25 percent of all current contractors' jobs
50 percent of all consulting contracts
75 percent of congressional staffs

Thomas E. Ricks is Senior fellow at the Center for a New American Security and blogger for Foreign Policy.


By Danielle Pletka

My nominee not to come back is the U.S. Agency for International Development. Created as a temporary agency in the 1950s and formalized in 1961 as USAID, it lingers on having spent a fortune with results that are so little commensurate with outlays, it is stunning. Billions in Egypt, and yet there are few democratic institutions -- because that wasn't part of the mission. Ditto Jordan, the Palestinian Authority, Tunisia, and Lebanon.

Yes, there is the terrific Office of Transitional Initiatives that has stood out. But overall, too many USAID officials over the years have refused to prioritize what America prioritizes: freedom, markets, rule of law. (They'll tell you that's because of congressional earmarks, but it's not true.) Too many have viewed their agency as a charity, not to be sullied by policy demands or U.S. interests. Too many care only about outlays and not about performance, metrics, and success. For USAID, spending has been job one. Achieving, less so. Of course there are great people at the agency who work for mediocre salaries in tough parts of the world. Then again, there are many in wonderful, private charitable organizations that do the same. USAID should be rolled into the State Department completely. The mission that matters -- emergency aid, humanitarian priorities -- would continue, and the rest would be carried out in accordance with the policies and priorities of the president of the day.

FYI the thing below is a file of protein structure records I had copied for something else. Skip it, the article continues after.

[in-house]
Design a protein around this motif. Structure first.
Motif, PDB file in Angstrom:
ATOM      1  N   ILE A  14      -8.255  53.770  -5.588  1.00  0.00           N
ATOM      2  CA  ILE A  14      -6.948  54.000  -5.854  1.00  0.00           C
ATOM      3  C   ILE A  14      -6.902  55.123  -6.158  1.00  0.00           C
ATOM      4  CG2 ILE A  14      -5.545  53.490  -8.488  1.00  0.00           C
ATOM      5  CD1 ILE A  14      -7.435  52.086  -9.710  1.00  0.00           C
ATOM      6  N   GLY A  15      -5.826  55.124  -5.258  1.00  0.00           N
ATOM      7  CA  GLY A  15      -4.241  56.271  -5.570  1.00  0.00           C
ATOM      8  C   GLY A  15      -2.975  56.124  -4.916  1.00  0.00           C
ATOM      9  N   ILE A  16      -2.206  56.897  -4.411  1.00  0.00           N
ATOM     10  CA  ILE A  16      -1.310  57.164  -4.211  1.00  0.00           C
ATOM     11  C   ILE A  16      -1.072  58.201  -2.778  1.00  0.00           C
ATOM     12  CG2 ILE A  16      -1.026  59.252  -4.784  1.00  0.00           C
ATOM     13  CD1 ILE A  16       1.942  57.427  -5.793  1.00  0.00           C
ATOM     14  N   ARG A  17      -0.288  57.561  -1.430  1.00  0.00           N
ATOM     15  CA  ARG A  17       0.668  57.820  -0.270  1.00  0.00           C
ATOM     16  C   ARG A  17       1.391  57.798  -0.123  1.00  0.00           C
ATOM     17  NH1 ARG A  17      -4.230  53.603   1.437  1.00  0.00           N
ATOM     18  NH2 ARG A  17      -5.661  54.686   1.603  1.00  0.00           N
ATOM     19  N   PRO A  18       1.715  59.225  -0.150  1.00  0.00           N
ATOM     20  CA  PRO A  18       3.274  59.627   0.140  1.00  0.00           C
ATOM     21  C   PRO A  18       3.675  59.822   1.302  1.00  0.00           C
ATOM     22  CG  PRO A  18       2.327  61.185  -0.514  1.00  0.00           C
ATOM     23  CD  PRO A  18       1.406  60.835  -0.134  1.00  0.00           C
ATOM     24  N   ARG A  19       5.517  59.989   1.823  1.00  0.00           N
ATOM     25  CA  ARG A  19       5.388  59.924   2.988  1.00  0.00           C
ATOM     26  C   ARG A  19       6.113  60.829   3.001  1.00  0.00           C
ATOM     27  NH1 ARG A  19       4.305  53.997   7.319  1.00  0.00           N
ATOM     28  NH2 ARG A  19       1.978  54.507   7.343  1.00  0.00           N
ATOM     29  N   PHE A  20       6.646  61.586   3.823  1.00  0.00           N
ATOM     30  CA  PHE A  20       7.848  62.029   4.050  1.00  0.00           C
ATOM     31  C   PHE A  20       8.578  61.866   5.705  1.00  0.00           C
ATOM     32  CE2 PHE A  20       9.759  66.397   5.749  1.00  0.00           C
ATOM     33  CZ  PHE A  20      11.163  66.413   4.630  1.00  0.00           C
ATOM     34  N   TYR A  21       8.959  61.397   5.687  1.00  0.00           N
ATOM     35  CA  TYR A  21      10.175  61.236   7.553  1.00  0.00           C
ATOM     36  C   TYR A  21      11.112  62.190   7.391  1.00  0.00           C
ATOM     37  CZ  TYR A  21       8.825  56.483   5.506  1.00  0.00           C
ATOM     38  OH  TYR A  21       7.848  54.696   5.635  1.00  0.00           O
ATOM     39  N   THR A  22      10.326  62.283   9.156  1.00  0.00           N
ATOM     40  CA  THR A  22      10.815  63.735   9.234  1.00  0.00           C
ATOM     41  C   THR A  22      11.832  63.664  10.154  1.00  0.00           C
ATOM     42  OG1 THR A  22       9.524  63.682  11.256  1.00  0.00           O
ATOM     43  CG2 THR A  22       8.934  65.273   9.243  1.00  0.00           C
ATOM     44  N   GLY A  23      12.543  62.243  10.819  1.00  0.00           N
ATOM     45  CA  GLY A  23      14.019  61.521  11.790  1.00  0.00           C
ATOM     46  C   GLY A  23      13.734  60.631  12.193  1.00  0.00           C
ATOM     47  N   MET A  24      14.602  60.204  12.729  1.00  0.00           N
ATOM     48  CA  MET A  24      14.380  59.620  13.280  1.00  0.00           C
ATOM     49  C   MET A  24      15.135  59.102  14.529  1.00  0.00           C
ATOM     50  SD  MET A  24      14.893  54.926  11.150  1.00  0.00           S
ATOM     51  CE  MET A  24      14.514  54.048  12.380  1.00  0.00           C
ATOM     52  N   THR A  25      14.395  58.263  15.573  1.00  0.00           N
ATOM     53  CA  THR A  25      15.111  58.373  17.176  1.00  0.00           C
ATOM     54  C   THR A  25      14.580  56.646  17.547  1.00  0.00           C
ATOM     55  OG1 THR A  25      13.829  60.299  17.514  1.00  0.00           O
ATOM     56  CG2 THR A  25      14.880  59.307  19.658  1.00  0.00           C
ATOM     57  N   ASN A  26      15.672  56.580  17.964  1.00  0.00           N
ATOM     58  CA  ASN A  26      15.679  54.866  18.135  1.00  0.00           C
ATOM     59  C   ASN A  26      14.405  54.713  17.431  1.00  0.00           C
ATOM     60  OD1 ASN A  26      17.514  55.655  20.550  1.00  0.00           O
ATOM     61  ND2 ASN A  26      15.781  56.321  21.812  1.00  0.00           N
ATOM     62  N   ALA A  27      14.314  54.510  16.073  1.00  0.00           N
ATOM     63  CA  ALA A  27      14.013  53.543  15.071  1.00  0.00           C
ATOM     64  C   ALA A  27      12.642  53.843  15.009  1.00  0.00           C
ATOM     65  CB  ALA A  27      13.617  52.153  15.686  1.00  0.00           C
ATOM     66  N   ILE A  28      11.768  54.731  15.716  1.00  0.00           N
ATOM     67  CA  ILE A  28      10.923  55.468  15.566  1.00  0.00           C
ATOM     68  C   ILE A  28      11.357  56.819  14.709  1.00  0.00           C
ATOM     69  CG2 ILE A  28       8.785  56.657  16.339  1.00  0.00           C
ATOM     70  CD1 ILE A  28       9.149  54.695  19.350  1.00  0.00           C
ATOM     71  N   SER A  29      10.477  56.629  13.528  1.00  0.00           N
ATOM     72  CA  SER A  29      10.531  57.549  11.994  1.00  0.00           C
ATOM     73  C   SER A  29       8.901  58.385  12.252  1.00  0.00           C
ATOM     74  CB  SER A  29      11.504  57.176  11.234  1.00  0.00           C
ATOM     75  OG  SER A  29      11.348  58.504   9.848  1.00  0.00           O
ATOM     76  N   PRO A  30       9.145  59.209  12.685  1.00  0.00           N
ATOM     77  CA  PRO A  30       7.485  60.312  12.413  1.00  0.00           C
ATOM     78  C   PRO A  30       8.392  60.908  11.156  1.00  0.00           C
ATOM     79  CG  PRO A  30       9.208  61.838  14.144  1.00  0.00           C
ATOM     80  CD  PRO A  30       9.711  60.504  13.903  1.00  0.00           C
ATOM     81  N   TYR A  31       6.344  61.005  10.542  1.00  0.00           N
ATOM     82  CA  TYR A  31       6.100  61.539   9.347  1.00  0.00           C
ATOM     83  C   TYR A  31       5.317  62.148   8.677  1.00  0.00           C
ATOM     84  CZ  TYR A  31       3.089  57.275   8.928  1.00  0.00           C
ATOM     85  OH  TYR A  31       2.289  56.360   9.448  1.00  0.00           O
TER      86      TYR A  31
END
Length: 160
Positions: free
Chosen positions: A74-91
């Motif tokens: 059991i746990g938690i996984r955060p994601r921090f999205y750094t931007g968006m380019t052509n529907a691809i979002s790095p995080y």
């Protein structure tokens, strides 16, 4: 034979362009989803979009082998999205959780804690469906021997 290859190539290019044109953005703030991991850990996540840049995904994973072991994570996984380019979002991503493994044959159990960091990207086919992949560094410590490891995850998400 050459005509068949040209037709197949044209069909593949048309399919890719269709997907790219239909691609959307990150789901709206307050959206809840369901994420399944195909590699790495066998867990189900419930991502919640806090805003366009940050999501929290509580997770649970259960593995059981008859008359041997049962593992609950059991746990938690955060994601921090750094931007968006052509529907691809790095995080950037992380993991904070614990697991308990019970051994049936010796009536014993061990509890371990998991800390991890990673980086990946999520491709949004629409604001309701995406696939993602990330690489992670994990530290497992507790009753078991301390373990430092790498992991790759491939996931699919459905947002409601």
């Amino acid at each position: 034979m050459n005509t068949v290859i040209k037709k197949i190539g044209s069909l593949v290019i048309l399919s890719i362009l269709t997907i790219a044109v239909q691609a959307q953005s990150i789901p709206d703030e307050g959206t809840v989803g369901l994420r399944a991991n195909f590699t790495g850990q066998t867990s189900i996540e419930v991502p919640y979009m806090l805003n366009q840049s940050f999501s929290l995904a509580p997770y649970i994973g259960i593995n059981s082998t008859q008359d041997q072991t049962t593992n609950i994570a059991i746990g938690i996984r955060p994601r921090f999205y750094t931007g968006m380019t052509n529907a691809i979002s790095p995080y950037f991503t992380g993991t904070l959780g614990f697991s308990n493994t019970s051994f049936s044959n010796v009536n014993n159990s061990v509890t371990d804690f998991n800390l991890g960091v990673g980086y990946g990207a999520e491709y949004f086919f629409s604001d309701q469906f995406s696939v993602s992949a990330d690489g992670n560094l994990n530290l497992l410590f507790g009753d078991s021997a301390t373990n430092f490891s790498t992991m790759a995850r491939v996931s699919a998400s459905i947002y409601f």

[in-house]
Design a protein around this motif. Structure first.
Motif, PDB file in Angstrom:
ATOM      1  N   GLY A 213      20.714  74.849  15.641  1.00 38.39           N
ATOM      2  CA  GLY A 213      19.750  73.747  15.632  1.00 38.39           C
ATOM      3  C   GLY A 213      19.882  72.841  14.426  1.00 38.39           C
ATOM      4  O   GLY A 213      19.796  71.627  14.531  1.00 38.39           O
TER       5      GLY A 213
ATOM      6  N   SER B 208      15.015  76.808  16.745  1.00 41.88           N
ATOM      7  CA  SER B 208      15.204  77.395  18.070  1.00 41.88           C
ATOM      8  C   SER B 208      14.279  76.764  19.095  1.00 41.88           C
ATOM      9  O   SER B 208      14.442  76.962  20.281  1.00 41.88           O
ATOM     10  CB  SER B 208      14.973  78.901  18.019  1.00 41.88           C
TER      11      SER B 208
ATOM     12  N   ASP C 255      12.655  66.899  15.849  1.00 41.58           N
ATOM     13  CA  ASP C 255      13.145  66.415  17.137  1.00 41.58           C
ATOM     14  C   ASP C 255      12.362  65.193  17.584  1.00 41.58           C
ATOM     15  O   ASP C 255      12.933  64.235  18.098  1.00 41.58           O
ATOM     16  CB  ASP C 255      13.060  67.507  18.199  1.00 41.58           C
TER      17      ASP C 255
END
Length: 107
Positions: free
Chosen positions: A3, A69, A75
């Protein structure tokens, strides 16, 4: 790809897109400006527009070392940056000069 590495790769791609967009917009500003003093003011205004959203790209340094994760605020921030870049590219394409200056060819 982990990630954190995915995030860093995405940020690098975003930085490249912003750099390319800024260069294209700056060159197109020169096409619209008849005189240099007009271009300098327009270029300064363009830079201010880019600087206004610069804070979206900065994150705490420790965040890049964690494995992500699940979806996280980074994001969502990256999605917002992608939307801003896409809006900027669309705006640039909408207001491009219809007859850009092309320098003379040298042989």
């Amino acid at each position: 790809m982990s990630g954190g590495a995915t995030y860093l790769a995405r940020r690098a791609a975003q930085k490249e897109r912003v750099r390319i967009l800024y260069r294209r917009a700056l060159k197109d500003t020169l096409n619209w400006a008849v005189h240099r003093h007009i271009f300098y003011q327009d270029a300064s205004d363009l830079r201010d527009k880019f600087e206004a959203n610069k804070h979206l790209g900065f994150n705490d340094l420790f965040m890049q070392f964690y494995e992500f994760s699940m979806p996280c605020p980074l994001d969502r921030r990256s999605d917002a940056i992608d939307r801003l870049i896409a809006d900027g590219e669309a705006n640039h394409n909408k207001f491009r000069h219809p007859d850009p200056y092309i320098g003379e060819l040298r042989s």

Danielle Pletka is vice president for foreign and defense policy studies at the American Enterprise Institute.

Veterans Affairs

By Andrew Exum

This is going to read as being mildly heretical since I am myself a veteran and also happen to think the folks at the Veterans Affairs Administration do a great job. But as veterans from World War II, Korea, and Vietnam depart this Earth, we are likely to be left with a much smaller group of veterans who, thanks to the life-saving technologies developed prior to and during the wars in Iraq and Afghanistan, might need less care in terms of quantity but more specialized care. So it might make sense to get rid of the old brick-and-mortar VA of the 20th century and replace it with something more akin to an HMO that allows veterans of this generation to make use of the best care available to them in our nation's private health care system.